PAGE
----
The problem is that there is no competition for cable, so if you want to change ISP, you have to move home (and city, and often state!).

So don't fall out with your ISP....

21 years of broadband connectivity since 1999 trial - Live BQM
Standard User zyborg47
(legend) Sat 13-Feb-21 08:49:36
Print Post

Re: one fibre network


[re: Pheasant] [link to this post]
 
In reply to a post by Pheasant:
If it was commercially viable / attractive for private enterprise to JV a single grand-unified-master network at a regional or even national level it would have been done already. However would it really be desirable on many other levels from security, reliability, resiliency etc etc to have only one network - even if it could theoretically be economically justified?

Having discrete fibre networks serving the same area to my mind is not in itself "wasteful" Its actually rather beneficial in many ways - part of the reason why its relatively cheap to get leased circuits in the capital is due to the abundance of fibre in close proximity. However digging up roads six times and laying 4 sets of ducts is both disruptive, expensive and wasteful.

Something along the lines of what Emtelle have been pushing the industry to try and adopt is to my mind far more workable and sensible. The so called "one dig" strategy....

https://www.ispreview.co.uk/index.php/2020/09/emtell...

Even getting to that lofty goal would be a major achievement!


That is the problem if it all comes down to being commercially viable, but surly digging a ton of trenches all over the place is not commercially viable, but the many it is.

It was just a thought.

Adrian

Desktop machine Ryzen powered with windows 10 , reluctantly.

Plusnet FTTC
Standard User zyborg47
(legend) Sat 13-Feb-21 08:57:47
Print Post

Re: one fibre network


[re: jchamier] [link to this post]
 
In reply to a post by jchamier:
Its not "naff" as such, my family and friends in different parts of the US are all on cable, and have varying speeds from 100 Mbps upto 500 Mbps.

The problem is that there is no competition for cable, so if you want to change ISP, you have to move home (and city, and often state!).

So don't fall out with your ISP....


Chatting to someone last night in the states, and she kept losing connection, she says it have been going on for a few weeks, and it is difficult to get anyone to look at it.

The problem is will we end up in the same situation? Some places still only have one Fibre company, so if they fall out with their ISP they have to go back to FTTC, in the years to come, who knows how long FTTC will keep going?
Be the same here when Zzoomm is up and running, want true Fibre, Zzoomm will be the only option. Open reach don't even have this city on their map for FTTH. There are some places around here, out in the sticks that have Gigaclear, which surprised me.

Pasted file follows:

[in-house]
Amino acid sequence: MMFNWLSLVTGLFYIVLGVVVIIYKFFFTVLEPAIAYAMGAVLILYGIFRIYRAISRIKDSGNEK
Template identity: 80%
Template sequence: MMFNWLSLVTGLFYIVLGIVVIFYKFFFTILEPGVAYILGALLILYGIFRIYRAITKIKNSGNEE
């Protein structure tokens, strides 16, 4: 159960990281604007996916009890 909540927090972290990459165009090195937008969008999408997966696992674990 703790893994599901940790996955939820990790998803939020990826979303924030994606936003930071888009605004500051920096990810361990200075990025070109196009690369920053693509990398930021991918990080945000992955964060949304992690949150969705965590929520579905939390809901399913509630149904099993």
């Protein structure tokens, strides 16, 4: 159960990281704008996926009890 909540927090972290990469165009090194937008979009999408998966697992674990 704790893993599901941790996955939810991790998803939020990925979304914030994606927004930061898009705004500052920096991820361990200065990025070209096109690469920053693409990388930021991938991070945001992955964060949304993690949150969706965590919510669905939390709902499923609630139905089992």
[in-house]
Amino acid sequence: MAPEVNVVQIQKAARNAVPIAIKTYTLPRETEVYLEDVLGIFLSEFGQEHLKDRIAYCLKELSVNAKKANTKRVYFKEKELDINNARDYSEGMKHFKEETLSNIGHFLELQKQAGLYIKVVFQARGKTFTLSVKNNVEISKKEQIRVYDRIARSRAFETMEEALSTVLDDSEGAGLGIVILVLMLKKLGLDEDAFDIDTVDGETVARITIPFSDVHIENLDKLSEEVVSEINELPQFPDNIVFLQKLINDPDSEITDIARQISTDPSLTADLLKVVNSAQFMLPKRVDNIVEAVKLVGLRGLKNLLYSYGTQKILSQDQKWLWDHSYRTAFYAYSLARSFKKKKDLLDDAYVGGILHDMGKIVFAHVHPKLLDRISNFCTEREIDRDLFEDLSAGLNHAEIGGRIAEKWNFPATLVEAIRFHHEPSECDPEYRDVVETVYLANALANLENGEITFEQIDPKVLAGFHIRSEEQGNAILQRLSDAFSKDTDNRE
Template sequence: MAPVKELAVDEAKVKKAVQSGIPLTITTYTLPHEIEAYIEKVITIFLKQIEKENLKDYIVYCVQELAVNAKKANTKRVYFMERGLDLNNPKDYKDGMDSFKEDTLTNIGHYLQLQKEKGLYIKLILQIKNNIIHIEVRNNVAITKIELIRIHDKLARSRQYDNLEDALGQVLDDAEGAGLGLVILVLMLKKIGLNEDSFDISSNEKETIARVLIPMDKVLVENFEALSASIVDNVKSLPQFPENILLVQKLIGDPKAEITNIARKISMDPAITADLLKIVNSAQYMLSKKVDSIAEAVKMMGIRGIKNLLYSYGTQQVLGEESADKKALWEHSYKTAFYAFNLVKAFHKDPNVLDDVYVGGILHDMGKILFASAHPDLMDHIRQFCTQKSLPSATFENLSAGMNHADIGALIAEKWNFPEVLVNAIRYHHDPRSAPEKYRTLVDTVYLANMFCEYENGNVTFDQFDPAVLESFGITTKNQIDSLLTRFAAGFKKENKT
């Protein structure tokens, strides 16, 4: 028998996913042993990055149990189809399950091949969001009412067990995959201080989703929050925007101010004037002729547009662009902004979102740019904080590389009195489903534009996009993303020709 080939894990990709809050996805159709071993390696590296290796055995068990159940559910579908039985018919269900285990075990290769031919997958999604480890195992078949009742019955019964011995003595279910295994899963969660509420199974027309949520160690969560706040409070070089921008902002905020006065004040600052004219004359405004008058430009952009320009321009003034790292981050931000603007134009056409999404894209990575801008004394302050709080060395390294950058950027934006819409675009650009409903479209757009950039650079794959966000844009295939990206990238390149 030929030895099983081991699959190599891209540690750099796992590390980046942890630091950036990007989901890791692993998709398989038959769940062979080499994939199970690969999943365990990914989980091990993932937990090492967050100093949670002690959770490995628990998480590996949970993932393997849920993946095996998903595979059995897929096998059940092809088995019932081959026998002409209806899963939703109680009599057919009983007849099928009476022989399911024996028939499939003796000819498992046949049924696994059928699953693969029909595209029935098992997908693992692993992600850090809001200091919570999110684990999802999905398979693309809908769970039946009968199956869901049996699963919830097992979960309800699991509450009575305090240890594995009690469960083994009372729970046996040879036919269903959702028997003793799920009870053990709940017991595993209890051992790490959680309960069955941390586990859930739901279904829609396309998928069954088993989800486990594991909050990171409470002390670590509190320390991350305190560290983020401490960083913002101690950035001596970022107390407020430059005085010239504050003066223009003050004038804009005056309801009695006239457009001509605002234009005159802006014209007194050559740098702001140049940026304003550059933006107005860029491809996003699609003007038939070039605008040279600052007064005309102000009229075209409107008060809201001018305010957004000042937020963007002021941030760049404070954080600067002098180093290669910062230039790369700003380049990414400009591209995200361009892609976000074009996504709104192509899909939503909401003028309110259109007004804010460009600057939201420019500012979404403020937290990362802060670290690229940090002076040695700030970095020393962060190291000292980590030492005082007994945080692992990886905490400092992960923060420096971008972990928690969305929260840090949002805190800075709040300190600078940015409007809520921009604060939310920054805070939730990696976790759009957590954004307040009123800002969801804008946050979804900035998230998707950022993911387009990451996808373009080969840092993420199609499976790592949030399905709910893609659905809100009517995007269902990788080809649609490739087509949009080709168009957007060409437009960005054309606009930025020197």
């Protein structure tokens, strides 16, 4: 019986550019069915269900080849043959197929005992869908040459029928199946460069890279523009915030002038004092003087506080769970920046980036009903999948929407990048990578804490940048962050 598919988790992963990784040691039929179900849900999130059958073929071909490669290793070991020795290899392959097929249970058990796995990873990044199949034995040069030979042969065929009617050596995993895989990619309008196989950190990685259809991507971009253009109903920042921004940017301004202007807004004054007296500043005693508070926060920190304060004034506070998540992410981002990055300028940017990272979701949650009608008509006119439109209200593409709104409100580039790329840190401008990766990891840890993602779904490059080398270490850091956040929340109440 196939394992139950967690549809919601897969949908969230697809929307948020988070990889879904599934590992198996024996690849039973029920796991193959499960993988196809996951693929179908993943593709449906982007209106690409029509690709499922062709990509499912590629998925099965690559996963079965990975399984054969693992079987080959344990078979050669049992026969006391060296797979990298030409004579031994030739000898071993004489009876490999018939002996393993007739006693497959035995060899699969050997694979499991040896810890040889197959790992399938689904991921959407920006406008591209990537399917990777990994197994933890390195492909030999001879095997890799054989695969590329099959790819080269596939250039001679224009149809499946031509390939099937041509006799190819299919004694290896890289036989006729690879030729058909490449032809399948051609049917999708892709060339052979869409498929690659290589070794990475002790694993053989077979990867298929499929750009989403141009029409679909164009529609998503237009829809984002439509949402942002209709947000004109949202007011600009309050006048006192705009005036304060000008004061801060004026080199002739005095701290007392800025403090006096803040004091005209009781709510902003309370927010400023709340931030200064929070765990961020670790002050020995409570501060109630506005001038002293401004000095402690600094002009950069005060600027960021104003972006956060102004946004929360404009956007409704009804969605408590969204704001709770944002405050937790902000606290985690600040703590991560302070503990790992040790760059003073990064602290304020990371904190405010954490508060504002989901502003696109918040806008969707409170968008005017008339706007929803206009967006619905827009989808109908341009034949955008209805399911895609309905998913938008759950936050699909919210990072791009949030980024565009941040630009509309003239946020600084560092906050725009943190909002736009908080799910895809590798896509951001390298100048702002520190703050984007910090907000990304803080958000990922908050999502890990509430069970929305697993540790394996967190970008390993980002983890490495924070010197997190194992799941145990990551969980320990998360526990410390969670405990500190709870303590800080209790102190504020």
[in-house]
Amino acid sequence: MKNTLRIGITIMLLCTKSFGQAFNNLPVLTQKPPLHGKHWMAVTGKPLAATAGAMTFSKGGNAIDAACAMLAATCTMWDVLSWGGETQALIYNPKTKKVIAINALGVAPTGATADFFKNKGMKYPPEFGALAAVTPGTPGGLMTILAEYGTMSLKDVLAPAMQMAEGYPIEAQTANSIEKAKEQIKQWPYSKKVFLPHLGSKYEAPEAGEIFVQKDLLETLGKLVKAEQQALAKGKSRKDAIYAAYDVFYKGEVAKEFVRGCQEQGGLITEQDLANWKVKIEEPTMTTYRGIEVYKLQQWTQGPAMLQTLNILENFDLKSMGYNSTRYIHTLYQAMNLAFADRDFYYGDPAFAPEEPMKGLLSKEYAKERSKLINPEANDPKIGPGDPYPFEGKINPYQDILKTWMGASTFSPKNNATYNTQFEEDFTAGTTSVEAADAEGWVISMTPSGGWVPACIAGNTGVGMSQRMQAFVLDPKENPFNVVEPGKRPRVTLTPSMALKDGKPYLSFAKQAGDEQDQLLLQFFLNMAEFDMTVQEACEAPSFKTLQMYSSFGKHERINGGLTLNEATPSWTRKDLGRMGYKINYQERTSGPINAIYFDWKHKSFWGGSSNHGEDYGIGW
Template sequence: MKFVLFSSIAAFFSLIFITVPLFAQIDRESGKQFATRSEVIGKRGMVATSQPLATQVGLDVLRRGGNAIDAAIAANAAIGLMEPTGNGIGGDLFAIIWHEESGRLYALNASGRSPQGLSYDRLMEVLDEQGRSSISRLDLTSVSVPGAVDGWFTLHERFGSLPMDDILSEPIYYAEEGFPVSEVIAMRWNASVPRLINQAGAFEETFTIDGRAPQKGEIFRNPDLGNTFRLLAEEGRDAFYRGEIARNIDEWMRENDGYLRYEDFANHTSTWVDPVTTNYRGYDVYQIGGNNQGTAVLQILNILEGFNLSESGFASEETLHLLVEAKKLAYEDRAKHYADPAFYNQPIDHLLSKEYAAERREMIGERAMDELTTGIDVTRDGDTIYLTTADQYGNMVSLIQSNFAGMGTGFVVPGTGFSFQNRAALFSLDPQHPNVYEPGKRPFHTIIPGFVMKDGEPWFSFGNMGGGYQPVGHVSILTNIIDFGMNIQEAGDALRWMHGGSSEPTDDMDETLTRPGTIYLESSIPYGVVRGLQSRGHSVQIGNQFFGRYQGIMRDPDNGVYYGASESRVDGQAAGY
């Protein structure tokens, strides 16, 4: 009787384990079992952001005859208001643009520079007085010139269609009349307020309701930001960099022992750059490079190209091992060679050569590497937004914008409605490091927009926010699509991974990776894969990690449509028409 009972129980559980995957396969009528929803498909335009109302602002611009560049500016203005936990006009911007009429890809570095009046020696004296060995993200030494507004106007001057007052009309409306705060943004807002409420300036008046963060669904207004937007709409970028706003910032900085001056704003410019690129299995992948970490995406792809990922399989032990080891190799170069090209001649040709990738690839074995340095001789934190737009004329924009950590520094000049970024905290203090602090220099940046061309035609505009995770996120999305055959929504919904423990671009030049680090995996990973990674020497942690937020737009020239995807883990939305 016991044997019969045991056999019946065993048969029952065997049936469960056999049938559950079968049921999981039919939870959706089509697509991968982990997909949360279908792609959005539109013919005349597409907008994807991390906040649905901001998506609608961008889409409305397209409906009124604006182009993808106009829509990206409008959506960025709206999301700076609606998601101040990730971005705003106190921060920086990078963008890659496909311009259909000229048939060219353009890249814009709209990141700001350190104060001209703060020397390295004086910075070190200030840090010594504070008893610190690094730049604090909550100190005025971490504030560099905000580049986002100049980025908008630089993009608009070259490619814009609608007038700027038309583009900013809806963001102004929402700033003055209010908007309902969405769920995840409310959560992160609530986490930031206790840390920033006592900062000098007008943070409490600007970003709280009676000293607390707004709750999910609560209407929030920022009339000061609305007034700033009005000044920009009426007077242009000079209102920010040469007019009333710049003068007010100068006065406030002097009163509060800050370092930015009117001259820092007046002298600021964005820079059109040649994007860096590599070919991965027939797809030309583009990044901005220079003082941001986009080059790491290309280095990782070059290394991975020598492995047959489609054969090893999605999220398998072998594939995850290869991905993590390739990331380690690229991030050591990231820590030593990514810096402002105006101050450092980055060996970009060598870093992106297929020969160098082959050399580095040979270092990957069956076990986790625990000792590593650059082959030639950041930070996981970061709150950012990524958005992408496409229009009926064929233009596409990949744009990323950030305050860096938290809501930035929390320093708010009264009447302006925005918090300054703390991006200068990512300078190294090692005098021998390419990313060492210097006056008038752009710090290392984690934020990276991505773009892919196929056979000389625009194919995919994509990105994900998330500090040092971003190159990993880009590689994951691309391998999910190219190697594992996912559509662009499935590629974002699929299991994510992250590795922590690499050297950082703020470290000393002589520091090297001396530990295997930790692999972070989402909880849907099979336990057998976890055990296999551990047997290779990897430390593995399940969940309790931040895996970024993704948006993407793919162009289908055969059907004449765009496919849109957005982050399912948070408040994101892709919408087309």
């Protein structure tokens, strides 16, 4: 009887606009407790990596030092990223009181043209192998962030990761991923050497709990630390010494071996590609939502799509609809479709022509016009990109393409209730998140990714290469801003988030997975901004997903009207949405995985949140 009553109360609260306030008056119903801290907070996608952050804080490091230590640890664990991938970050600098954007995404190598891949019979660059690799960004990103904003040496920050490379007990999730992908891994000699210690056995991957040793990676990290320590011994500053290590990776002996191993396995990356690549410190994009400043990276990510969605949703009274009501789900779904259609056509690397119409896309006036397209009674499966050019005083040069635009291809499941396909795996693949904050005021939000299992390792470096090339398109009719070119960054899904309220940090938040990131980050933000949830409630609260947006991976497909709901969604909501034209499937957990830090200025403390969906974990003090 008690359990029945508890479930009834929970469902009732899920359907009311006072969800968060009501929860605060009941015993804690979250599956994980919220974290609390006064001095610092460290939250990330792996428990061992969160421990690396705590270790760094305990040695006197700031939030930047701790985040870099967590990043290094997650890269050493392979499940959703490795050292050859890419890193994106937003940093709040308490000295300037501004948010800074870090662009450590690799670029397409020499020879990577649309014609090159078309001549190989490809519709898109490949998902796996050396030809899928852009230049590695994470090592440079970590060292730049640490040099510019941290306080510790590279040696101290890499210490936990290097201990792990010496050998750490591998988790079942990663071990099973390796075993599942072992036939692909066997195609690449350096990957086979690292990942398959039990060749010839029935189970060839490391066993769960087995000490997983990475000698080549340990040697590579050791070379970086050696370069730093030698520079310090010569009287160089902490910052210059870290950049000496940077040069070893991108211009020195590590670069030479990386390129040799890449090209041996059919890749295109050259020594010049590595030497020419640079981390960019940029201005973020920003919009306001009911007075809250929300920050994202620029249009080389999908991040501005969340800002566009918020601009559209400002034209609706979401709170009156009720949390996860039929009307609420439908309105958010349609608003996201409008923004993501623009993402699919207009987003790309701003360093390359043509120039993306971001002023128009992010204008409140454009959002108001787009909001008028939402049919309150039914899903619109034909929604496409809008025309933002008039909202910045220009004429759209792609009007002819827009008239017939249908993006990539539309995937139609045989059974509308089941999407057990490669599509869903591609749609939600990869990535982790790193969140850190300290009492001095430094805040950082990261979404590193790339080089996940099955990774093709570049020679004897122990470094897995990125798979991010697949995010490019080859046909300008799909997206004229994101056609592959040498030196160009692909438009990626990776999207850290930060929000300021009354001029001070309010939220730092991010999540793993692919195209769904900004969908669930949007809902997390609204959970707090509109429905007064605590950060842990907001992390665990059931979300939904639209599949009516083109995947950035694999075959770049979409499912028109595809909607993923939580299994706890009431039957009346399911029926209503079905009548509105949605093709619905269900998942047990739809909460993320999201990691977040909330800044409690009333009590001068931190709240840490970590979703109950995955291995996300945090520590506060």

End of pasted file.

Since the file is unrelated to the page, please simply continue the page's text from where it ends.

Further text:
We will have to wait and see what happens

Adrian

Desktop machine Ryzen powered with windows 10 , reluctantly.

Plusnet FTTC
Standard User Pheasant
(committed) Sat 13-Feb-21 09:33:14
Print Post

Re: one fibre network


[re: zyborg47] [link to this post]
 
In reply to a post by zyborg47:
In reply to a post by Pheasant:
If it was commercially viable / attractive for private enterprise to JV a single grand-unified-master network at a regional or even national level it would have been done already. However would it really be desirable on many other levels from security, reliability, resiliency etc etc to have only one network - even if it could theoretically be economically justified?

Having discrete fibre networks serving the same area to my mind is not in itself "wasteful" Its actually rather beneficial in many ways - part of the reason why its relatively cheap to get leased circuits in the capital is due to the abundance of fibre in close proximity. However digging up roads six times and laying 4 sets of ducts is both disruptive, expensive and wasteful.

Something along the lines of what Emtelle have been pushing the industry to try and adopt is to my mind far more workable and sensible. The so called "one dig" strategy....

https://www.ispreview.co.uk/index.php/2020/09/emtell...

Even getting to that lofty goal would be a major achievement!


That is the problem if it all comes down to being commercially viable, but surly digging a ton of trenches all over the place is not commercially viable, but the many it is.

It was just a thought.

Nobody wants multiple re-trenching of streets etc. A “one-dig” strategy therefore is a more feasible alternative than forcing competing networks to join as one super provider.

Beyond “one dig” there are several other things the regulator could do to appropriately enable competition without duplicating duct or network infrastructure.

1. Make PIA a far more (commercially) attractive proposition than what it is currently (although it’s better than what it first was). Less incentive to dig if it’s cheaper to use exiting pit and pipe.

2. Enforce similar wholesale network access as exists on the Openreach network. Although the weighted advantage of Openreach versus a relative minnow alt net would need careful consideration.